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36 Aliwal Street
Bloemfontein, South Africa
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The Study of Amphibians and Reptiles



On exhibition is a monster Nile Crocodile (Crocodylus niloticus) measuring over 4 metres in length. The crocodile species of the world are also portrayed along with a fossil cast of Proterosuchus, considered an ancestor of modern crocodiles.


Tortoises are well represented in southern Africa with 14 of the world’s 42 tortoise species occurring in the region. A display containing 10 of the 12 South African species is very popular.

Alligator snapping turtle


A large Alligator Snapping Turtle (Macrochelemys temmincki), which is over 1 metre long from tip of nose to tip of tail, is on display. This specimen was mounted in Hamburg, Germany in 1893.

Gila monster

One of only two poisonous lizards in the world, the Gila Monster (Heloderma suspectum) is on display.

Anaconda skin

A 5.66 metre Green Anaconda (Eunecus murinus) skin is on display showing the tremendous size that this snake can attain.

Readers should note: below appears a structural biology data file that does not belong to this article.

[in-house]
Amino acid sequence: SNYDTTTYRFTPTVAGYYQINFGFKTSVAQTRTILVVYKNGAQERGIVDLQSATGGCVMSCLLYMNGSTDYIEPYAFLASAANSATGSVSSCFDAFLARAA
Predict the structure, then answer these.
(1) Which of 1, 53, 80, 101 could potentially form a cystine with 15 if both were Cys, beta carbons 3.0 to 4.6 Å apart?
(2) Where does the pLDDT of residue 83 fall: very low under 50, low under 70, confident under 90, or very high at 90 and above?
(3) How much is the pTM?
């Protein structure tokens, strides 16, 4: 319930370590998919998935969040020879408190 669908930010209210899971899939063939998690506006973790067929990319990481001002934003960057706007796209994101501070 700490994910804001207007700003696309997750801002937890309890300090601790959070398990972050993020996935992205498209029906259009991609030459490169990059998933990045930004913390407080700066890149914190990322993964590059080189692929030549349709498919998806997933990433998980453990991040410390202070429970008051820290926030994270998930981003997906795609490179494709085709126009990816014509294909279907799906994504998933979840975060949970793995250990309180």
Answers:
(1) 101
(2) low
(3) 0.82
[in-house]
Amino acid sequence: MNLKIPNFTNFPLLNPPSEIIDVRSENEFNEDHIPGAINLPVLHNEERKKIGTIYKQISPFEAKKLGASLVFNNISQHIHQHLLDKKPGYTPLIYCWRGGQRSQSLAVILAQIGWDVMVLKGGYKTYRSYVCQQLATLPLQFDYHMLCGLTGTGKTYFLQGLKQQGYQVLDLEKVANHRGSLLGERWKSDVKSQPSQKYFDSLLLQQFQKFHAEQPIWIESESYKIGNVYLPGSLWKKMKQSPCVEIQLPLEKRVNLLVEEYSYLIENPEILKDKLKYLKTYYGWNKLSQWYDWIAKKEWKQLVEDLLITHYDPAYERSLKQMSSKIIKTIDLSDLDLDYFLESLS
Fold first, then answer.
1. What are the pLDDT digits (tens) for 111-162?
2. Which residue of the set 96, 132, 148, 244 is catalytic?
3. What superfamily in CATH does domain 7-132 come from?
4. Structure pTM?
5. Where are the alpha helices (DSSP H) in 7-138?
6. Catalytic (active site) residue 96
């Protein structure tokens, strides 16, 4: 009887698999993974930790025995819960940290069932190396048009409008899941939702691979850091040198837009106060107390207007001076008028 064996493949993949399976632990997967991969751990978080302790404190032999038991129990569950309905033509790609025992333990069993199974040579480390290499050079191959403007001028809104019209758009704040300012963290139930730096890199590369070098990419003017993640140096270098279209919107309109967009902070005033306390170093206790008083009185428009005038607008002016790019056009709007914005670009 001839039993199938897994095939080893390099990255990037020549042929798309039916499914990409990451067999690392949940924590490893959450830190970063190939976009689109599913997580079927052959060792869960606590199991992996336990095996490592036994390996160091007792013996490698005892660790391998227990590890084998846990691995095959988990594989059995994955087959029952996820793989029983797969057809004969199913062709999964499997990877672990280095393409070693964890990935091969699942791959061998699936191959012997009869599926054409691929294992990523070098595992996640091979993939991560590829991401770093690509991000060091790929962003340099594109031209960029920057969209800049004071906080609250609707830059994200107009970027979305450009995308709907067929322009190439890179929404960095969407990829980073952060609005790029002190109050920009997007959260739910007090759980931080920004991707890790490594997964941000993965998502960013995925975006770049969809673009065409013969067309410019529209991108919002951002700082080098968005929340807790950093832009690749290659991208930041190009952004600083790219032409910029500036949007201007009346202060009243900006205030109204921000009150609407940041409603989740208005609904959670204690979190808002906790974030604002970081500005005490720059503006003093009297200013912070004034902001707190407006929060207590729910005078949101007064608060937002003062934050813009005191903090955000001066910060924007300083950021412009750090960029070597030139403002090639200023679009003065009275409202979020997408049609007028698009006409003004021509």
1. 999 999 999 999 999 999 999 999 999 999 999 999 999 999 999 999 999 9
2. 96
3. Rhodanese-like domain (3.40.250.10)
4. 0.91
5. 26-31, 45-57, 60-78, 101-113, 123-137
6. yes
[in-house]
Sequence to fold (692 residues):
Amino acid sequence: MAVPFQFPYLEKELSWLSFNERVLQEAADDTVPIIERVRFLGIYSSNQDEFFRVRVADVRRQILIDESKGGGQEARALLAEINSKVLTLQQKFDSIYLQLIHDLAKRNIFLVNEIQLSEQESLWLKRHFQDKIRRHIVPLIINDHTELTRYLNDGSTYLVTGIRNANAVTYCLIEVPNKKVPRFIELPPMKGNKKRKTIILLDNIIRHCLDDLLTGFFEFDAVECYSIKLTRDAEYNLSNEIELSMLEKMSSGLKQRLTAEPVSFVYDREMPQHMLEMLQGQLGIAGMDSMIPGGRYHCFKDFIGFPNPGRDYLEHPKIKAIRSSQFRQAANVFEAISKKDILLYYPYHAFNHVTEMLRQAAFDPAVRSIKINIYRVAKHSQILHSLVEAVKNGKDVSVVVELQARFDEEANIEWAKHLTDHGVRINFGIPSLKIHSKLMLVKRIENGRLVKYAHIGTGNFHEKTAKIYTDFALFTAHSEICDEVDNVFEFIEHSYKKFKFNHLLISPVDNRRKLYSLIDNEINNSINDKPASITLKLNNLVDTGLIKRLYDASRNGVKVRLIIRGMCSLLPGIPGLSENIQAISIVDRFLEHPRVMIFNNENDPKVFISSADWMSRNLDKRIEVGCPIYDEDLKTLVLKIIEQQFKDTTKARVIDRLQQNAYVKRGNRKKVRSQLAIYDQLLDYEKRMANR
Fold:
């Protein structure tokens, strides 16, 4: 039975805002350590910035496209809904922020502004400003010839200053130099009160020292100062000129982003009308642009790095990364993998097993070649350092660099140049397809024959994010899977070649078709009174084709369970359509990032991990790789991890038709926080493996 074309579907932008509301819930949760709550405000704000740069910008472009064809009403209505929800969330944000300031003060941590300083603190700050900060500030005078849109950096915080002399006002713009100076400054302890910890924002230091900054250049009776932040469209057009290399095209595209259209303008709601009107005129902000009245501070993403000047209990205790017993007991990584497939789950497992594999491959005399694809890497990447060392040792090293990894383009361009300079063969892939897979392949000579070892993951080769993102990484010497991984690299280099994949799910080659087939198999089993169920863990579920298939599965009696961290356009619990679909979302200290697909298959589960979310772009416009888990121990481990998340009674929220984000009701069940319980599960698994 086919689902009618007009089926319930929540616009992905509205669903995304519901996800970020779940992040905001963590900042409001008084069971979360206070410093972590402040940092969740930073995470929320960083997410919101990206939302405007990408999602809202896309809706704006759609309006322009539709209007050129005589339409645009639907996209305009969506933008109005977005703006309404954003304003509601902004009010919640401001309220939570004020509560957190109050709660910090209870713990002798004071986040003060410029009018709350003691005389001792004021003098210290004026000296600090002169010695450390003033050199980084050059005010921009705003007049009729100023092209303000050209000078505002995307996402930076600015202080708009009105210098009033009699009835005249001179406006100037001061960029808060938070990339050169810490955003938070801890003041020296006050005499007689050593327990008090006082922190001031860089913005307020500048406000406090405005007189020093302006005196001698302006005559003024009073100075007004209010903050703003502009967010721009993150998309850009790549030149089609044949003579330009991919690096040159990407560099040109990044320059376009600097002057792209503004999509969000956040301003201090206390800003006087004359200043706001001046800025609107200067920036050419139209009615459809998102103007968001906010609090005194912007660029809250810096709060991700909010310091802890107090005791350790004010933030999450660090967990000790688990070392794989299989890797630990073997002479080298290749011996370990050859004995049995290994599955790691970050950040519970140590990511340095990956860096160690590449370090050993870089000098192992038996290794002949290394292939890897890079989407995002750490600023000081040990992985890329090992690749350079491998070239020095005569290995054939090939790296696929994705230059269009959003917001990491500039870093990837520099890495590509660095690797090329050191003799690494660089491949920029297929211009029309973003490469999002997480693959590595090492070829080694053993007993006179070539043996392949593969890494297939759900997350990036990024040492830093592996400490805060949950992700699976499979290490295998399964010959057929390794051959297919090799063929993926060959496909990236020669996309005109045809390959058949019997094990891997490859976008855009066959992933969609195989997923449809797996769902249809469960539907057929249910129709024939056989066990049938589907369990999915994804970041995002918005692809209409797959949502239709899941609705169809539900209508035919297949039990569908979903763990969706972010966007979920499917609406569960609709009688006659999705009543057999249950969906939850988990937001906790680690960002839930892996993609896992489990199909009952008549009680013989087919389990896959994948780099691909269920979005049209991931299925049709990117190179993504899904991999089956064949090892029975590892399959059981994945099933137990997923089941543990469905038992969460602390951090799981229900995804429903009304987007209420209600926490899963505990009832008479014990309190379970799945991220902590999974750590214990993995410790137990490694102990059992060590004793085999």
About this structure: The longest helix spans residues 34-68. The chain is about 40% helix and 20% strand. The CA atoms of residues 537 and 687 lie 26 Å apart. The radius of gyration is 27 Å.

A display of seven of the most popular fish caught by recreational anglers is represented by exquisitely hand-painted casts of the species. Both indigenous and exotic species are represented.

Other displays

Displays reflecting other aspects of reptiles and amphibians include:

  • The differences between snakes and lizards
  • The most venomous South African snakes and those of the world
  • An African Rock Python (Python natalensis) constricting a Springbok (Antidorcas marsupialis)
  • An environmental diorama with specimens depicting the habitats where reptiles and amphibians occur in nature
  • A Mountain Tortoise (Leopard tortoise) (Stigmochelys pardalis) laying eggs
  • Sungazers (Ouvolk) (Cordylus giganteus) sitting outside a cross-section of their burrow
  • How do snakes kill their prey, which examines different venoms, fangs and methods of killing prey
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